The fall of the Berlin Wall
Today we mark the 25th anniversary of the fall of the Berlin Wall. This is a good day to reflect on our past, but also how important it is to think about the future of Europe. The fall of the Berlin Wall was a seismic event that very much dictated the new shape of Europe. There have been many events and articles to mark the anniversary and at the German embassy I had the opportunity to listen to a very interesting panel discussion with several contemporary eyewitnesses. The panel included journalists, a writer and an artist and was chaired by the FT journalist Quentin Peel. The stories were all fascinating and I particularly enjoyed listening to the BBC journalist Nick Robinson who was present at the dramatic press conference on November 9th with the East German spokesman Günter Schabowski. The spokesman was overwhelmed by the many straight questions from journalists and did not know how to handle the situation. He subsequently gave the false impression that the wall was open, which made East Berliners flock to the wall to cross over to the other side. Just two months before it was widely believed that unification was not on the cards. The story is told in more detail in the book “The Collapse: The Acccidental Opening of the Berlin Wall” by Mary Elise Sarotte.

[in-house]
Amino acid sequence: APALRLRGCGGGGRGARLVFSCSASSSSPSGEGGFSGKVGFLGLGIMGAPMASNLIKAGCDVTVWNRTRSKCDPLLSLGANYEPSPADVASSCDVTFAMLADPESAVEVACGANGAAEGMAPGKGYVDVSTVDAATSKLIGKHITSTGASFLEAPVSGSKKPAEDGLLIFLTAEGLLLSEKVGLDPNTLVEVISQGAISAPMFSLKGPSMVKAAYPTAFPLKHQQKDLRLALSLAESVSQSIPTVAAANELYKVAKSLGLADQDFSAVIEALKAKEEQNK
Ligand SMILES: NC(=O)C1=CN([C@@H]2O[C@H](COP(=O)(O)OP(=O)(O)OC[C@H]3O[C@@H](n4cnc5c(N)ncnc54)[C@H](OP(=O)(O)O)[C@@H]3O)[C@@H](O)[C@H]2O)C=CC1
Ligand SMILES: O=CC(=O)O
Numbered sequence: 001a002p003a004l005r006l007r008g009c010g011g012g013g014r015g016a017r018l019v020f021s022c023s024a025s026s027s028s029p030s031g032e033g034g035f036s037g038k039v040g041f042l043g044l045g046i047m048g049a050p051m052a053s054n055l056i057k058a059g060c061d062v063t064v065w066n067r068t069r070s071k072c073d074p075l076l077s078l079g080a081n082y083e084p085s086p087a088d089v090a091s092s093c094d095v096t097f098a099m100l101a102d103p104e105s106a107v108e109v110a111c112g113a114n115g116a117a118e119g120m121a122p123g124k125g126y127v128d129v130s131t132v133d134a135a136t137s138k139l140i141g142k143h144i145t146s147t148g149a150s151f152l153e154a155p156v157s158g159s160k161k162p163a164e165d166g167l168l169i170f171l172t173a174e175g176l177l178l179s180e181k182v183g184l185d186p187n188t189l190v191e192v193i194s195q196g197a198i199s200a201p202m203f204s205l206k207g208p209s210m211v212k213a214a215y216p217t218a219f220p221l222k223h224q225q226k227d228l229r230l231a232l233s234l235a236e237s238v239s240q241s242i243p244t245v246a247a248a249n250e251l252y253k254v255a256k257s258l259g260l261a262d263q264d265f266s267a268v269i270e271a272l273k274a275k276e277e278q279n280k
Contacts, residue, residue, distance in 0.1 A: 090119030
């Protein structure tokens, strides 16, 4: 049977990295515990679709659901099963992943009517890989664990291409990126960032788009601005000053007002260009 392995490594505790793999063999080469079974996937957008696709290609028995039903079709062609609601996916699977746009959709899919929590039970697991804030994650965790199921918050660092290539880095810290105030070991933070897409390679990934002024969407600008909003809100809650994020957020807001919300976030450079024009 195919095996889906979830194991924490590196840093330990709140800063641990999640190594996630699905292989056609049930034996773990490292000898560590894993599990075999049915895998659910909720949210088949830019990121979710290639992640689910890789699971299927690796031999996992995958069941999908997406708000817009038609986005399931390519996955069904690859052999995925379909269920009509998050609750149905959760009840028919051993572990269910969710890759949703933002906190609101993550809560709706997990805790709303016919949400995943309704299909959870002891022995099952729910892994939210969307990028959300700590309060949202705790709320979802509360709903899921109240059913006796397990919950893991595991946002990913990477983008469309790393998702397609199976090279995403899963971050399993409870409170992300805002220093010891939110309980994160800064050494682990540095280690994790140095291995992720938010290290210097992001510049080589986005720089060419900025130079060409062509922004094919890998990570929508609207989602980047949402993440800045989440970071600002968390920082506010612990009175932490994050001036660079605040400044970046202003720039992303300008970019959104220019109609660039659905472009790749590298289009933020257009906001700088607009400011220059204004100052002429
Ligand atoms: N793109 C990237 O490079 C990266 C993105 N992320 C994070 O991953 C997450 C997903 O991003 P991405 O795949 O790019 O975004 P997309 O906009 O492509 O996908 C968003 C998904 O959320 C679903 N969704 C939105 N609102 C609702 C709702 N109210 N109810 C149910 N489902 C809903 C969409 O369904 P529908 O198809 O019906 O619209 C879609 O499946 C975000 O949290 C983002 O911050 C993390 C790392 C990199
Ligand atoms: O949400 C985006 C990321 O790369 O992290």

A special wall had been set up outside the German embassy where Thierry Noir had painted some of his colorful figures. Noir is a French artist who painted the Berlin Wall 1985 – 1989. His conclusion after years of painting the wall was that “you can paint with many kilos of paint, but the wall will never be beautiful.”